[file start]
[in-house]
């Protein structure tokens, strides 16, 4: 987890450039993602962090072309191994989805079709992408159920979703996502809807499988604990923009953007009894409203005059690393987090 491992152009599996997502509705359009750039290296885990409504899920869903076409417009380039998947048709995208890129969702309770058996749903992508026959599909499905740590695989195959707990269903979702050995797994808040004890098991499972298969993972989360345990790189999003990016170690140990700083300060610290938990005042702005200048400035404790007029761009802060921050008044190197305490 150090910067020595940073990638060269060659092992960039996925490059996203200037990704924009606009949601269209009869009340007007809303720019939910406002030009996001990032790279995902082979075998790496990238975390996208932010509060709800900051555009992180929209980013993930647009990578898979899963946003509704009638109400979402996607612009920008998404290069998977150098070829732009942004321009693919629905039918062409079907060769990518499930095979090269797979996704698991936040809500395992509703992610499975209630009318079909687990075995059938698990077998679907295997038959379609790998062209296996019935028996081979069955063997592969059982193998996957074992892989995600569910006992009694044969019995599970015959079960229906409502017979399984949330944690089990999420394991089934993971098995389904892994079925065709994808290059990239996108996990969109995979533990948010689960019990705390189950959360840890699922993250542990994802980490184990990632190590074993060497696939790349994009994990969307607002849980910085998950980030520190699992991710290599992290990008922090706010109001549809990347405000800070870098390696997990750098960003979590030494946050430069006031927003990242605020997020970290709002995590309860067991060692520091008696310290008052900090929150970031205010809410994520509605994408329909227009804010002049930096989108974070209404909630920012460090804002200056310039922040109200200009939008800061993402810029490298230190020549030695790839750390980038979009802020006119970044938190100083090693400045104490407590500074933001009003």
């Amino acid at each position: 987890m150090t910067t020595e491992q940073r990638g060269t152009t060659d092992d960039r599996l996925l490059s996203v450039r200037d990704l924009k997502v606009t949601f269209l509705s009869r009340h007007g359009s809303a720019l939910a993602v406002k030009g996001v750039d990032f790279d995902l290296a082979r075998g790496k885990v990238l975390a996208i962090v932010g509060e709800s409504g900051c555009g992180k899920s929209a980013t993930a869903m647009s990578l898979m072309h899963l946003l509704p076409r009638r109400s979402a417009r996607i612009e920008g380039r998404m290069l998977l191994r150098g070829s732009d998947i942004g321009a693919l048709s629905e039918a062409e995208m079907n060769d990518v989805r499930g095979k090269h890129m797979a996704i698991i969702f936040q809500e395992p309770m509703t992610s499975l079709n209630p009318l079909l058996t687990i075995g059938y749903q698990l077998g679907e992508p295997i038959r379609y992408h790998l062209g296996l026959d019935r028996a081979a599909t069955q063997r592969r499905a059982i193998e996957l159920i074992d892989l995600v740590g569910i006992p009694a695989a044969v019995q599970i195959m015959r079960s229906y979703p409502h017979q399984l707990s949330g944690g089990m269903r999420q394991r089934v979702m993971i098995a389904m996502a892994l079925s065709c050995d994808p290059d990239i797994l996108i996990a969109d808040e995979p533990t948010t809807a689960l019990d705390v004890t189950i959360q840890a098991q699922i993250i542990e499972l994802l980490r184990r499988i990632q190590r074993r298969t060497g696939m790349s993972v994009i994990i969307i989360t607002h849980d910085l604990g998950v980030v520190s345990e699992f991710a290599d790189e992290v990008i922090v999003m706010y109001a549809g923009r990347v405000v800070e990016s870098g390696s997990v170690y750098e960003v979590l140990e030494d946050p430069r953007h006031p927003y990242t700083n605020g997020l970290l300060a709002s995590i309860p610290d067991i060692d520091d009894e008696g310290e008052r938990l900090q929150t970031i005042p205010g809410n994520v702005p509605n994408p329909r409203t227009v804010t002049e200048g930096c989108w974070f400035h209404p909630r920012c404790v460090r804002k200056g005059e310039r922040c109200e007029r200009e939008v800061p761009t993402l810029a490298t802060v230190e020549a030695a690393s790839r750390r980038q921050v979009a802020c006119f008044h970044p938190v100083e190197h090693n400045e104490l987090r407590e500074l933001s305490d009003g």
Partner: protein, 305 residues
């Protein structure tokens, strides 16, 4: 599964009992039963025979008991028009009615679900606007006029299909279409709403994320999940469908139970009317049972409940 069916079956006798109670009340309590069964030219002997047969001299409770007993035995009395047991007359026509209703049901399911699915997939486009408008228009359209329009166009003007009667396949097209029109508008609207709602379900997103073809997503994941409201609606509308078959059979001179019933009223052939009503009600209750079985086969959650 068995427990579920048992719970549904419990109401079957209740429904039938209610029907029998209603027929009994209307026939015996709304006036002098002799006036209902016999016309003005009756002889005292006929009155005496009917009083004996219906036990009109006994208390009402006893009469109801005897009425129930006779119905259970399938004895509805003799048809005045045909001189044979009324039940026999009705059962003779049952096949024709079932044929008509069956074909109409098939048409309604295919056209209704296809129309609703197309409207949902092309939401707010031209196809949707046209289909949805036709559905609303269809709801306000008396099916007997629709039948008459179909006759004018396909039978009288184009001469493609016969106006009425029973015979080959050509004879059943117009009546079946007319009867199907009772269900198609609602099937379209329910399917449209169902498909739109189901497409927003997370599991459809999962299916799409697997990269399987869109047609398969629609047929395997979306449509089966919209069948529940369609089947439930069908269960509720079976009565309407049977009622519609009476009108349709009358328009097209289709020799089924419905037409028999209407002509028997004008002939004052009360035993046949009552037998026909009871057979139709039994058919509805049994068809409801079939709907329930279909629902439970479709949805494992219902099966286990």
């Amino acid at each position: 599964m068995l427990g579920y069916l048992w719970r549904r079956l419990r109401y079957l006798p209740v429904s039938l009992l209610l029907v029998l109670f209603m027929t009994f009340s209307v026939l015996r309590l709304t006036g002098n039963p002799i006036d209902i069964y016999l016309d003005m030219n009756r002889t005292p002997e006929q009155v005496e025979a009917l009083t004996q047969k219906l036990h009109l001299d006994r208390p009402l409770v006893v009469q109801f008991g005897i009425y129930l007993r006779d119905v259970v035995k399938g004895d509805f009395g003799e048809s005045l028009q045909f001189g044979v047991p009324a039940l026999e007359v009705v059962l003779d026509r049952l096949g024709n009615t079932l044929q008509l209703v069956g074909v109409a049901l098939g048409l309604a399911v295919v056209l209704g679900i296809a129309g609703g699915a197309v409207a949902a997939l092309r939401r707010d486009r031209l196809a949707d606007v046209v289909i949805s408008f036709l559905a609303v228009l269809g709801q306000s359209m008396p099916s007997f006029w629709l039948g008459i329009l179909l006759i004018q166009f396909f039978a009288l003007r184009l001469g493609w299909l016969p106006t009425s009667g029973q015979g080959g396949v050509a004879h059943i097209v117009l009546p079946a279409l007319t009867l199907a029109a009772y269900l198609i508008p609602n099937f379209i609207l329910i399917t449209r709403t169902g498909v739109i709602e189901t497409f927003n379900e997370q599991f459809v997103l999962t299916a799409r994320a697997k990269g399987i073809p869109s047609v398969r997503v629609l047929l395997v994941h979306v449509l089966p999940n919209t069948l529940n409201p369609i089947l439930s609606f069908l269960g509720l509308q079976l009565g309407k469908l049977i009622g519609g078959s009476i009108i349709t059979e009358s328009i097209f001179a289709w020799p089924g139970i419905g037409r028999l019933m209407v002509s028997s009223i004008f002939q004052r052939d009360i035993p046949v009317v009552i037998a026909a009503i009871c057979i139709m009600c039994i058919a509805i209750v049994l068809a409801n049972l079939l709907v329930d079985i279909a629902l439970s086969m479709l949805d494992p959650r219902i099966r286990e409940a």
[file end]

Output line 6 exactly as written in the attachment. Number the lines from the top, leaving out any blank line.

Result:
């Amino acid at each position: 599964m068995l427990g579920y069916l048992w719970r549904r079956l419990r109401y079957l006798p209740v429904s039938l009992l209610l029907v029998l109670f209603m027929t009994f009340s209307v026939l015996r309590l709304t006036g002098n039963p002799i006036d209902i069964y016999l016309d003005m030219n009756r002889t005292p002997e006929q009155v005496e025979a009917l009083t004996q047969k219906l036990h009109l001299d006994r208390p009402l409770v006893v009469q109801f008991g005897i009425y129930l007993r006779d119905v259970v035995k399938g004895d509805f009395g003799e048809s005045l028009q045909f001189g044979v047991p009324a039940l026999e007359v009705v059962l003779d026509r049952l096949g024709n009615t079932l044929q008509l209703v069956g074909v109409a049901l098939g048409l309604a399911v295919v056209l209704g679900i296809a129309g609703g699915a197309v409207a949902a997939l092309r939401r707010d486009r031209l196809a949707d606007v046209v289909i949805s408008f036709l559905a609303v228009l269809g709801q306000s359209m008396p099916s007997f006029w629709l039948g008459i329009l179909l006759i004018q166009f396909f039978a009288l003007r184009l001469g493609w299909l016969p106006t009425s009667g029973q015979g080959g396949v050509a004879h059943i097209v117009l009546p079946a279409l007319t009867l199907a029109a009772y269900l198609i508008p609602n099937f379209i609207l329910i399917t449209r709403t169902g498909v739109i709602e189901t497409f927003n379900e997370q599991f459809v997103l999962t299916a799409r994320a697997k990269g399987i073809p869109s047609v398969r997503v629609l047929l395997v994941h979306v449509l089966p999940n919209t069948l529940n409201p369609i089947l439930s609606f069908l269960g509720l509308q079976l009565g309407k469908l049977i009622g519609g078959s009476i009108i349709t059979e009358s328009i097209f001179a289709w020799p089924g139970i419905g037409r028999l019933m209407v002509s028997s009223i004008f002939q004052r052939d009360i035993p046949v009317v009552i037998a026909a009503i009871c057979i139709m009600c039994i058919a509805i209750v049994l068809a409801n049972l079939l709907v329930d079985i279909a629902l439970s086969m479709l949805d494992p959650r219902i099966r286990e409940a």